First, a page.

If the Pelicans are unable to find a trade partner that provides either more shooting or rim protection at a lower cost on the books, they could begin the season over the luxury tax line when filling out the rest of their roster. Remember, luxury tax penalties are not determined until the end of the regular season, so a team that starts the year above the tax line could get under it before the end of the season through trades or buyouts.

Of course, if the Pelicans do look like a legitimate championship contender at the trade deadline, the front office could decide to stay above the tax line for the entirety of the season and thus pay any accompanying luxury tax penalties.

In declining Jones’ team option, the Pelicans demonstrated a priority to re-sign a valuable member of their core instead of utilizing that space remaining under the luxury tax line on another player or several, whether through trade or via a salary exception like the mid-level or bi-annual exceptions.

As for how the Pelicans decide to fill out the rest of the roster is anyone’s guess. With a lack of viable alternatives, maybe Hayes is brought back on a new deal worth far less per year than his qualifying offer. Maybe after a good showing in the upcoming summer league, E.J. Liddell’s two-way contract is converted to a standard NBA contract. Maybe Valanciunas is moved on from in some deal involving Daniel Gafford, Kelly Olynyk or one of Detroit’s multitude of centers. Maybe Jaylen Nowell, Seth Curry, Thomas Bryant or Yuta Watanabe can be had for a portion of the MLE.

The Pelicans largely appear satisfied with their good-sized core so any changes or additions made in this free agency period are likely not going to be of the splashy variety. That’s not necessarily a bad thing, provided the team plays consistently more closely like the group that briefly found itself in a first place tie with the Denver Nuggets in December than the walking wounded who suffered through a 10-game losing streak after the New Year.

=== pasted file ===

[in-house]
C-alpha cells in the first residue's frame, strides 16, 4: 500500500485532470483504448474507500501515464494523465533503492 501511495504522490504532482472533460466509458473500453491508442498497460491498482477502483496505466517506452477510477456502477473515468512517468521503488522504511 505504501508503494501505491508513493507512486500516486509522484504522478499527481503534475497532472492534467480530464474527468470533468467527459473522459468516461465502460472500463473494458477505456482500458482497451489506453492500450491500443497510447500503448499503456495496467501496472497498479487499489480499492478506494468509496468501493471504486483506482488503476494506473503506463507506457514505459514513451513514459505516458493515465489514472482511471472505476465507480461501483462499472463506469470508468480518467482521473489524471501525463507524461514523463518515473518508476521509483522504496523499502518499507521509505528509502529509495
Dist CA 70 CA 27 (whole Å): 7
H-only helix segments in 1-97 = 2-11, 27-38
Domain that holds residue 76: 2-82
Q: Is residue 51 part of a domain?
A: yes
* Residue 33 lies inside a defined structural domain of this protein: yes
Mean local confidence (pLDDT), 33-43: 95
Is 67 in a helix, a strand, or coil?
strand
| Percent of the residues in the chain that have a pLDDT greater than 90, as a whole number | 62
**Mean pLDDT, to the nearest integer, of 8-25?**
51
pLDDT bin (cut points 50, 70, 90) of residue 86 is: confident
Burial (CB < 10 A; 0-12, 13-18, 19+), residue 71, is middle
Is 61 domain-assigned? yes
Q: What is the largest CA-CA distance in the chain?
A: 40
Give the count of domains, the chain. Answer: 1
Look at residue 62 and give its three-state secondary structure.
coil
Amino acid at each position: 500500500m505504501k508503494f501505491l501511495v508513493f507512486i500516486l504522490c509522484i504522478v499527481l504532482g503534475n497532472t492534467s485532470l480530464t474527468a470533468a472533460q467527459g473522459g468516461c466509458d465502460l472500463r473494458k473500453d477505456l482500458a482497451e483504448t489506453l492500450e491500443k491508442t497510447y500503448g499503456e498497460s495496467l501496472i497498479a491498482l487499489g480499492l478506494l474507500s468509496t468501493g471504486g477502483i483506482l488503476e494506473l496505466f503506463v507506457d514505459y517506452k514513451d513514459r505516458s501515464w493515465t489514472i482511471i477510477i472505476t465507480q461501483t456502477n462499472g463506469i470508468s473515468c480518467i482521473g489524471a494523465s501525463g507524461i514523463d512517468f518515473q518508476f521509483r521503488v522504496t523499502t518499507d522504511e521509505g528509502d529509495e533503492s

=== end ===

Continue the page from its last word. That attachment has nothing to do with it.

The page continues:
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6 thoughts on “NBA Free Agency: New Orleans Pelicans Primer

  1. Glad Herb got new deal. He deserves it. JRich signs with Heat. No loss.
    I know Murphy still has 2 years left on rookie contract. When can Pels offer him a new deal? Is it after next year?
    Hoping Piano Man is working a deal for rim projector.

    1. Yes. Trey Murphy can first get offered an extension next July, before the start of his fourth year on his rookie contract.

  2. Val needs to be moved. He is a talented offensive center, but that is not what the Pels need, and he eats too much salary cap.

    1. Honestly, I feel Valanciunas’ contract is quite fair. However, I agree there’s a salary crunch and that he or Lewis feel most expendable. But I would hate to see the Pelicans replace JV with a questionable starter. If you’re serious about winning, production can’t wane over dollars.

  3. I’m a JV fan. He’s a good scorer, excellent rebounder, and a good teammate. I know his defense isn’t ideal, but he can also shoot the 3 sometimes, and if he can develop that more he could be even more valuable. If Zion could ever be healthy, he can defend the rim to some extent, JV can do the rest.

    My opinion is Willie Green needs to use him better. I don’t like giving up on a good player.

    1. We’re JV advocates. You know what he is and what he can do. He’s durable and an efficient scorer. The problem has been in Willie Green’s usage and the lack of a decent backup center.